NATIONAL FOSTER CARE MONTH; Congressional Record Vol. 166, No. 93
(Senate - May 18, 2020)

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[Pages S2479-S2480]
From the Congressional Record Online through the Government Publishing Office []

                       NATIONAL FOSTER CARE MONTH

  Mr. WYDEN. Mr. President, each year, I look forward to National 
Foster Care Month as an opportunity to honor the more than 440,000 
children and youth in foster care nationwide. It is also an opportunity 
to honor the foster and kinship families and child welfare workers who 
support them.
  This year, in particular, the importance of supporting the children, 
youth, families and skilled workers in the foster care system has been 
underscored by the devastation of the COVID-19 pandemic. It is 
essential that Congress not only honor those who give and receive care 
as part of this system, but also those who take meaningful action to 
protect families, children, youth, and workers from the spread of the 
  In my home State of Oregon, more than 11,000 children and youth enter 
foster care in a given year, and about 7,900 children and youth are 
living in out-of-home placements on any given day. Oregon provides 
transition services to about 1,350 young adults, but many continue to 
struggle to find work, go to college, or complete technical training. 
The COVID-19 virus has hit these older youth particularly hard.
  As we consider actions to help the nation weather this pandemic, I 
would like to recognize a nonprofit organization in my State that 
represents a critical part of the response to COVID-19 for children and 
youth in the foster care system and those who have aged out of the 
system without finding a home to call their own. FosterClub is based in 
a beautiful town on the Oregon coast, Seaside. FosterClub is marking 
its 20th anniversary working to improve the lives of children and youth 
in foster care by connecting them to resources, teaching them how to 
become self advocates, and helping elevate their lived experiences and 
voices to members of Congress. By doing so, they are able to inform 
positive changes in our federal foster care system.
  And that is what this month is about: honoring the strength of those 
currently in and those who have exited the foster care system. It is 
about listening to their experiences and their needs.
  Over the years, I have been proud to work with my colleagues on a 
bipartisan basis to craft and get across the finish line legislation to 
strengthen and improve the foster care policies in Oregon and around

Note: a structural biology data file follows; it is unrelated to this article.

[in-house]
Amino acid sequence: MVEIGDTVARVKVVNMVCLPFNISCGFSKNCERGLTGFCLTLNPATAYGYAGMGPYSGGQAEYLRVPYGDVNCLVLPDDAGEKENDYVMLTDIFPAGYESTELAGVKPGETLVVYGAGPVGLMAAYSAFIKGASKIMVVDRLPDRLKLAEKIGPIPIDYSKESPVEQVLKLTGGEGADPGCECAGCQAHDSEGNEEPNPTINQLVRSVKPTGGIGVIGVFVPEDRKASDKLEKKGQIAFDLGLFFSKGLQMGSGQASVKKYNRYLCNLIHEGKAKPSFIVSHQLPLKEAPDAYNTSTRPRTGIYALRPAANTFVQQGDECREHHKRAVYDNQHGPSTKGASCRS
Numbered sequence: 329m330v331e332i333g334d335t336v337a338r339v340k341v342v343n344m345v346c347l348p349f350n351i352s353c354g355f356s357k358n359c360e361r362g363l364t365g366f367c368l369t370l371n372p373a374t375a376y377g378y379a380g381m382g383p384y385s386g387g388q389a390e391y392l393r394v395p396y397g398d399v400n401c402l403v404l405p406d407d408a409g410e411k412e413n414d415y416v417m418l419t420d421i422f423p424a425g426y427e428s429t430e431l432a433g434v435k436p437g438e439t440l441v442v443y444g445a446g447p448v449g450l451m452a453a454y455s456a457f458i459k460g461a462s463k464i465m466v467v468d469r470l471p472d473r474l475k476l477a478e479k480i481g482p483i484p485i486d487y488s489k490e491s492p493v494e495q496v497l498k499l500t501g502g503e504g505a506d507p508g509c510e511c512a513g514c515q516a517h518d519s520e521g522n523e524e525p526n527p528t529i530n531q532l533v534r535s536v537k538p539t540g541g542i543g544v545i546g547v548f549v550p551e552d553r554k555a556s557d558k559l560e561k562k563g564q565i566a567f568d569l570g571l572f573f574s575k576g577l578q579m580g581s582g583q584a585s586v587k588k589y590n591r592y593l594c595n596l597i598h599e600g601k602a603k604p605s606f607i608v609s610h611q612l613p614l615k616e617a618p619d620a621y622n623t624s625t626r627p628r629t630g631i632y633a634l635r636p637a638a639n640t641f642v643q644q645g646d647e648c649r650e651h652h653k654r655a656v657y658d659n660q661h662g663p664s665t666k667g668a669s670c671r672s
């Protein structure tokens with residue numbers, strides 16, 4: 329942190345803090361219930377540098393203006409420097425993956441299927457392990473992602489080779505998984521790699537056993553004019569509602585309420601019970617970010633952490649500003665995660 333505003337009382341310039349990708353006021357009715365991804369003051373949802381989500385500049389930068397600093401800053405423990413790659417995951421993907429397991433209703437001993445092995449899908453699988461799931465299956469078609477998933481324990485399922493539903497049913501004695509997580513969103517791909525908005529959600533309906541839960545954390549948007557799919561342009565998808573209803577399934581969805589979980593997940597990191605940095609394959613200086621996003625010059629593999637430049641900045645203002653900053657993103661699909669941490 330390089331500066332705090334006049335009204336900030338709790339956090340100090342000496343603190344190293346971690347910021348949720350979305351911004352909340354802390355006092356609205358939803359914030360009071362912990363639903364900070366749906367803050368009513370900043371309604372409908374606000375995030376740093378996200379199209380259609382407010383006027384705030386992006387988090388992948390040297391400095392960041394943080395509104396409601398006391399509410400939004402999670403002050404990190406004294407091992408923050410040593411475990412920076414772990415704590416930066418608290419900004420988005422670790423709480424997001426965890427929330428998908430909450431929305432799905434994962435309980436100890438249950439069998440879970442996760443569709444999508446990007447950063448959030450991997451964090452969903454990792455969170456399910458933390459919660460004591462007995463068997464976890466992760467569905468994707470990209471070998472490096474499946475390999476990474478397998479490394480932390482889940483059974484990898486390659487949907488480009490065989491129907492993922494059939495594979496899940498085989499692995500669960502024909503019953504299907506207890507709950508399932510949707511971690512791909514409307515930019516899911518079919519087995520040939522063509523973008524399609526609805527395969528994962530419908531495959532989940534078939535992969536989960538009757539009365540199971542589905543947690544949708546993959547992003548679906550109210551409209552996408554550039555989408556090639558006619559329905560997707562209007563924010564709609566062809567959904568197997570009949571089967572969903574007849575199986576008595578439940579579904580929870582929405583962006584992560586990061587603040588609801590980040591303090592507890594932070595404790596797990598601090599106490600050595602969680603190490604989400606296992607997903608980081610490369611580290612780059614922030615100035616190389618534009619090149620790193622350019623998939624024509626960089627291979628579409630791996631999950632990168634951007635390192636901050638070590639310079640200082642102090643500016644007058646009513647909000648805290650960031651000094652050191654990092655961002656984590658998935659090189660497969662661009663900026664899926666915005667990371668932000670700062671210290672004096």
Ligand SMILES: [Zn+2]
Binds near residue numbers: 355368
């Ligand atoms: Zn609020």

the country. Not too long ago, then-Chairman Orrin Hatch and I were 
able to come together and pass into law the landmark Family First 
Prevention Services Act, commonly known as Family First.
  Family First was Children Defense Fund Founder Marion Wright 
Edelman's vision for a better Federal

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foster care system focused on helping families stay together. This 
bipartisan legislation transformed the child welfare system to provide 
parents the help they need to prevent the trauma that occurs when 
children and youth are removed unnecessarily from their homes and 
placed in foster care. I remain committed to responding to the needs of 
children and youth in foster care and am dedicated to pursuing 
bipartisan ways to address the challenges faced by children, youth, 
families, and workers in the foster care system and especially now 
during the COVID-19 public health emergency.
  I call on my colleagues, especially those across the aisle, to 
remember our Nation's foster care recipients and acknowledge the strain 
our Nation's most vulnerable are facing during the COVID-19 pandemic. 
As we work towards future ways to address the COVID-19 pandemic, we 
must act swiftly to provide support for the children, youth, families, 
and workforce involved in the foster care system and especially the 
young adults who have aged out of the system without finding a forever 
  I encourage my colleagues to listen carefully to the voices of 
children and youth impacted by the foster care system, act quickly to 
support these young people through this pandemic and help them 
transition to adulthood successfully. They deserve nothing less from 
their representatives in Congress.